Unless the above image has traumatized you into a coma, you've probably already guessed why this game flew under the radar. Despite its aggressively strong anti-drug policy, the game nevertheless attracted criticism because it still contained numerous references to drug use (even if all those references were "If you do drugs a militarized cop will blow you to smithereens"). When the game was ported to the NES by Rare in 1990, the instruction manual proudly proclaims it to be the first video game with a strong anti-drug message even though Nintendo insisted upon scrubbing all references to drugs from the game. In the NES version, criminals no long drop backs of crack which implies that instead of taking down dealers, you're now just blowing away addicts wandering the streets in a drug-induced haze. That's really more of a strong anti-rehab message, but either way the distinction was lost on angry parents.
But it was the level of violence in the game that earned it the most criticism. It wasn't the first game to give the player an automatic weapon and infinite ammo, but it was one of the first to include animated gore. Blood sprayed from enemies when they were shot and a rocket blast would send bloodied limbs flying in all directions, not quite what we'd called realistic violence today but at the time it was more graphic then anything people had played before. Williams seemingly knew well enough to try and skirt the controversy, as aside from the bullet holes and blood splatter across the logo the arcade flyers seem to intentionally downplay the amount of drugs and violence. That strategy is probably what prevented the sort of all-out media backlash that greeted Mortal Kombat's commercial success, but it also ensured that NARC cabinets remained in the seedy shadows of the already incredibly sketchy arcade scene.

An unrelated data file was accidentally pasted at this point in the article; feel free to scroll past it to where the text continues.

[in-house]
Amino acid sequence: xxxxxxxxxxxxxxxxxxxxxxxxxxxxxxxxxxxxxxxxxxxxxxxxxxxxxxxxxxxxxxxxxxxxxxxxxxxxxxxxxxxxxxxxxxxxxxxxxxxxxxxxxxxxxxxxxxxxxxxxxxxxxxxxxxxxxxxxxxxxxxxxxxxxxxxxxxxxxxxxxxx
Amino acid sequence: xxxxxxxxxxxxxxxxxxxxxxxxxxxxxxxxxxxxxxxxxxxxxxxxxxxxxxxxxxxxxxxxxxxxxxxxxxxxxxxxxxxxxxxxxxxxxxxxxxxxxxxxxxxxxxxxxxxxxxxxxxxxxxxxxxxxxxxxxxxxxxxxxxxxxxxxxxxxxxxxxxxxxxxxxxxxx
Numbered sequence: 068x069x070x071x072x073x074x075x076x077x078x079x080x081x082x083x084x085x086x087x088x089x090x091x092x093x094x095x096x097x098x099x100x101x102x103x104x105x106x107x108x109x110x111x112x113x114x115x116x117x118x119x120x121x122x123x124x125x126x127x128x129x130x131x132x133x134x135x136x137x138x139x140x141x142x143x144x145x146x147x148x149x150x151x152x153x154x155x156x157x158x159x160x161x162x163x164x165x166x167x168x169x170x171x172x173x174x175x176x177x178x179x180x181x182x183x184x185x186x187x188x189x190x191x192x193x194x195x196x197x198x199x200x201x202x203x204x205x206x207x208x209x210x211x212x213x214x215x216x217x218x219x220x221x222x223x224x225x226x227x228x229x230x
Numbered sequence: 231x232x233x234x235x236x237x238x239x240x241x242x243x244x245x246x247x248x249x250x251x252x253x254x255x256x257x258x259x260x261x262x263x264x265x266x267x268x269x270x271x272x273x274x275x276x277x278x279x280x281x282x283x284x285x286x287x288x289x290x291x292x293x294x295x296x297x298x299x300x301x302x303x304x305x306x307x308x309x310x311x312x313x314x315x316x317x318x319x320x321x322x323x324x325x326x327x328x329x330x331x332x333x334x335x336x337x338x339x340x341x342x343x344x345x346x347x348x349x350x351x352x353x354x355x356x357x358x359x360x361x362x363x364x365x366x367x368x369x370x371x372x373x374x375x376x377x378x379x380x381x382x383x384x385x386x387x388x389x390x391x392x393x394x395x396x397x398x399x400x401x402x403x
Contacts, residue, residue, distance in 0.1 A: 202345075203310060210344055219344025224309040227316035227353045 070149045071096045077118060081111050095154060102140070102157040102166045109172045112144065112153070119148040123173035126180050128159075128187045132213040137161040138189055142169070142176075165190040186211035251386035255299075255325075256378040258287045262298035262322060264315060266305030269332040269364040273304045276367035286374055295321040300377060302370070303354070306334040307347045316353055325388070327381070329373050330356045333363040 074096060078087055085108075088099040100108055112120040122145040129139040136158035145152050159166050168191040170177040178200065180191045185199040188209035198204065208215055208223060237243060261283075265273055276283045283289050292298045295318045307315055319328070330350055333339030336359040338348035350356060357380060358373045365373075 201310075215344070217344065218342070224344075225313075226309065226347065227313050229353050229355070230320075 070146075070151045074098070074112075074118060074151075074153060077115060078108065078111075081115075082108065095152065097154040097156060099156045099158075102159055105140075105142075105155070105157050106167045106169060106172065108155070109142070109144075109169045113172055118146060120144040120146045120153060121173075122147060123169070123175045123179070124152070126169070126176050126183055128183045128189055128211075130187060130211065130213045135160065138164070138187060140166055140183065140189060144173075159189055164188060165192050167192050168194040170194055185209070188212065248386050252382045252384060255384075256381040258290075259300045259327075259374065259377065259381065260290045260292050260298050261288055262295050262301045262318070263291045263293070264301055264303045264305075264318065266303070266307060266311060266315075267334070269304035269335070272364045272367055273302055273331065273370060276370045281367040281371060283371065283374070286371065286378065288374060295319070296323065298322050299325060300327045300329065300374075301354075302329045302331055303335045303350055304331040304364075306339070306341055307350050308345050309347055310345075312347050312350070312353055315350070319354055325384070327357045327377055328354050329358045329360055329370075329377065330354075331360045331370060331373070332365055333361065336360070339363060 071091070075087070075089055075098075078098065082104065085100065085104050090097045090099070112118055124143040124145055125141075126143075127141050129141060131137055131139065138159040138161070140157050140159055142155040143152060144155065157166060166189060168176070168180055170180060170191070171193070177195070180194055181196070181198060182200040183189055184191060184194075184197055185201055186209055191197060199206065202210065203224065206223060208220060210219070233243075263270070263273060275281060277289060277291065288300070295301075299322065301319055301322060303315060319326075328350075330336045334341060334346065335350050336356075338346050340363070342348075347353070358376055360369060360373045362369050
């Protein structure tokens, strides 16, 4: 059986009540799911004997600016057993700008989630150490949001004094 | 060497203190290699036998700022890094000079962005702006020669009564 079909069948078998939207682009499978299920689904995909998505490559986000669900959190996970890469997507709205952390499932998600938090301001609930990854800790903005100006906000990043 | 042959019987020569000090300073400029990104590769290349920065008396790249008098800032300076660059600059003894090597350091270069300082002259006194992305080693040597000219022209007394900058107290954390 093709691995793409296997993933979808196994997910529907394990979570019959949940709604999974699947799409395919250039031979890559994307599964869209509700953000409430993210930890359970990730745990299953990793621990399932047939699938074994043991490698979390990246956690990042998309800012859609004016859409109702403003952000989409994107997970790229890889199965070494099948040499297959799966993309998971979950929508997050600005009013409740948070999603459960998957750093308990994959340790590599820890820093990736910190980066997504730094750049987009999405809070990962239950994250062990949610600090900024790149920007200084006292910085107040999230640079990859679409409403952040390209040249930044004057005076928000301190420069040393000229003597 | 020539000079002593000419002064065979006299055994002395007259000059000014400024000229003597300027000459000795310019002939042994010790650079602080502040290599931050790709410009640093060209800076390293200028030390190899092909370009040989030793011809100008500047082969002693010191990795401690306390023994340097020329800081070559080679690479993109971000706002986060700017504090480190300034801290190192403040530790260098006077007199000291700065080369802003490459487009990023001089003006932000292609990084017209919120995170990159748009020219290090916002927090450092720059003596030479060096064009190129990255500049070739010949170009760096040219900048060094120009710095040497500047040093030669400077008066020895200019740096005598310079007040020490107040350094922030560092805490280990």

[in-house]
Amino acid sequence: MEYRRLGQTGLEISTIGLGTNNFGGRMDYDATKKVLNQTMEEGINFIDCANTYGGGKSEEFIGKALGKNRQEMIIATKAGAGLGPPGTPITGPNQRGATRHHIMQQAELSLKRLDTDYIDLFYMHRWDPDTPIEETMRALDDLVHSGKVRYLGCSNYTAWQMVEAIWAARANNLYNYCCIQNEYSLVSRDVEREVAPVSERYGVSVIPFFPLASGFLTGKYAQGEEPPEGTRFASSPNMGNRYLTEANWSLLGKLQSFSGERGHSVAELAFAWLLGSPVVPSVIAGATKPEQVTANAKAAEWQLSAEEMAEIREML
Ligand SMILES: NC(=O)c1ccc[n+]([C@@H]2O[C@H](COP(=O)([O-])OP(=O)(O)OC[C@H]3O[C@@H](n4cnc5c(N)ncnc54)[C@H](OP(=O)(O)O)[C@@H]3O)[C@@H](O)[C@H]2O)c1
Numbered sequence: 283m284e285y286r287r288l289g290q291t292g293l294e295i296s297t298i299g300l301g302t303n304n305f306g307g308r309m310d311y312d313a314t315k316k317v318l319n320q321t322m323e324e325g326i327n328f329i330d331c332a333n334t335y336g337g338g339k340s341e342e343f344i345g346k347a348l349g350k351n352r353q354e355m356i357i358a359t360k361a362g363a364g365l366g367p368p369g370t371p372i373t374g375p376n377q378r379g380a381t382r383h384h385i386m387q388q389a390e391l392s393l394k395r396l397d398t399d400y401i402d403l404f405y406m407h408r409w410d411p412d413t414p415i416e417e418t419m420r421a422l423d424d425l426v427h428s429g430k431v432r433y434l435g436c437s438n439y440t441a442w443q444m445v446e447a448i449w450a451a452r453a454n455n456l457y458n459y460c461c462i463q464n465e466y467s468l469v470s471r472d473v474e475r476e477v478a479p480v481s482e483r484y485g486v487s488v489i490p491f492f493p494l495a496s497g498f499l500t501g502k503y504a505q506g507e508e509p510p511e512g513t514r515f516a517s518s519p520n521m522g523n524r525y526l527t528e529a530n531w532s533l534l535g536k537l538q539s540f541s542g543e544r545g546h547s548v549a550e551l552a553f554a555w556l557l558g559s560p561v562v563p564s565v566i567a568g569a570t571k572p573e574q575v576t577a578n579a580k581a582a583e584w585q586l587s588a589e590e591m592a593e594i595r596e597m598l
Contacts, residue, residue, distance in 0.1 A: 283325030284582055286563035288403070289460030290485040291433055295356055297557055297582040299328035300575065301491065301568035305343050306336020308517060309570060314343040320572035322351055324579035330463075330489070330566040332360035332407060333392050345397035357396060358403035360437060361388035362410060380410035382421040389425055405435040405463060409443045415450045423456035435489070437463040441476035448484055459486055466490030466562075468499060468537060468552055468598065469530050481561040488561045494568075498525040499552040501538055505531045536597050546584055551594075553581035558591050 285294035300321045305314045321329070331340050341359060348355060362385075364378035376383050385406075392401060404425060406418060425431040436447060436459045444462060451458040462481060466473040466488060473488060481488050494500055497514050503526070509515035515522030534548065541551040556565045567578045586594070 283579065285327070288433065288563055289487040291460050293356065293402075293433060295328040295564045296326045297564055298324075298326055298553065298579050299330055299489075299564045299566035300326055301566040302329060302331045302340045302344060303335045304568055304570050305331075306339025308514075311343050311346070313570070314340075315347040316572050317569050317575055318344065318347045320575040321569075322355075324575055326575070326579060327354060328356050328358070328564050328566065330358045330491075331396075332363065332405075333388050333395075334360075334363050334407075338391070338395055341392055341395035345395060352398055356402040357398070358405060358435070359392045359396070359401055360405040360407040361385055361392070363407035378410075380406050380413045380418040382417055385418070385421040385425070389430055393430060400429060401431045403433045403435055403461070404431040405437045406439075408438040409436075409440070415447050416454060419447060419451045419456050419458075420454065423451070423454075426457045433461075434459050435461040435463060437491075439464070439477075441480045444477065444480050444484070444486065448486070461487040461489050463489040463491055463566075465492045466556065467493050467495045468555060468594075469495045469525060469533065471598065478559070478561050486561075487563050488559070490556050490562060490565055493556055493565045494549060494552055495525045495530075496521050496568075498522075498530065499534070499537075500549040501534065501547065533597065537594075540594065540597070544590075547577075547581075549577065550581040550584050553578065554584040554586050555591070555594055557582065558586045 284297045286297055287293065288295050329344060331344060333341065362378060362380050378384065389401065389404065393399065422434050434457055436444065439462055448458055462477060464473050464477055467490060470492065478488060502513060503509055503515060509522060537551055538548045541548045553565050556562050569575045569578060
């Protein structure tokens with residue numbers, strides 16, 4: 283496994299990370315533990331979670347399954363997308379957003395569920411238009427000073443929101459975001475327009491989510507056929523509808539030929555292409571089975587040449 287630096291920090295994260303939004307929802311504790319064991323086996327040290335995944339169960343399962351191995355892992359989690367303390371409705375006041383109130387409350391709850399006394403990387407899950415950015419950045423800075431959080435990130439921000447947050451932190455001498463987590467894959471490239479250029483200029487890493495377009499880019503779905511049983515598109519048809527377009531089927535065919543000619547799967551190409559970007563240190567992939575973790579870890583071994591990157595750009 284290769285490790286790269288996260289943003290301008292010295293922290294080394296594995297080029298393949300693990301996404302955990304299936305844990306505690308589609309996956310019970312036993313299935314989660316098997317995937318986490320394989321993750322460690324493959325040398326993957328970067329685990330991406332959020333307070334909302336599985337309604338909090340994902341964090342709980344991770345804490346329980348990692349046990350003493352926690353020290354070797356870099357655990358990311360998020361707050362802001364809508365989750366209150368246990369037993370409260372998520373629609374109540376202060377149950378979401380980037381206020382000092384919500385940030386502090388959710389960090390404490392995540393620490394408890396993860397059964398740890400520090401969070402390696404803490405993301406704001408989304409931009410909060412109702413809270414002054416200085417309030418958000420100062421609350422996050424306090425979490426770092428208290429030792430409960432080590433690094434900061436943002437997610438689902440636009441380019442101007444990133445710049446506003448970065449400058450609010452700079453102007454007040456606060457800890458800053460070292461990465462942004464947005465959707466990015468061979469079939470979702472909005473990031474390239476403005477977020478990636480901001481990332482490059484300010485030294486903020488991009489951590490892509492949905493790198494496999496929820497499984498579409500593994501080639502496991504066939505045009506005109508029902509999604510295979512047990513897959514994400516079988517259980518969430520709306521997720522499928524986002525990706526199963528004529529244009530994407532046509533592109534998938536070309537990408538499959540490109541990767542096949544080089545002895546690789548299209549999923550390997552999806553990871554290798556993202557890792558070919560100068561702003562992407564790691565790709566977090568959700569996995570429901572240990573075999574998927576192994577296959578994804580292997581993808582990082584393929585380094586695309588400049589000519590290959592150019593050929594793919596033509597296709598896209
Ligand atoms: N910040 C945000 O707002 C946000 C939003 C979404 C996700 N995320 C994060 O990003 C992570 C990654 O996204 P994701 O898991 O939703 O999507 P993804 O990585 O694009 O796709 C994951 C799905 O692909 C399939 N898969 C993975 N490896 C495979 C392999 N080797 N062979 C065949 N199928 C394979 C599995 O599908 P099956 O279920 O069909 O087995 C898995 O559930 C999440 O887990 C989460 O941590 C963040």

|Bullets, drugs and cash drop from almost every enemy but rocket ammo is very precious. Explosions like this make it hard to not pull the trigger.|
WILL WE SEE IT AGAIN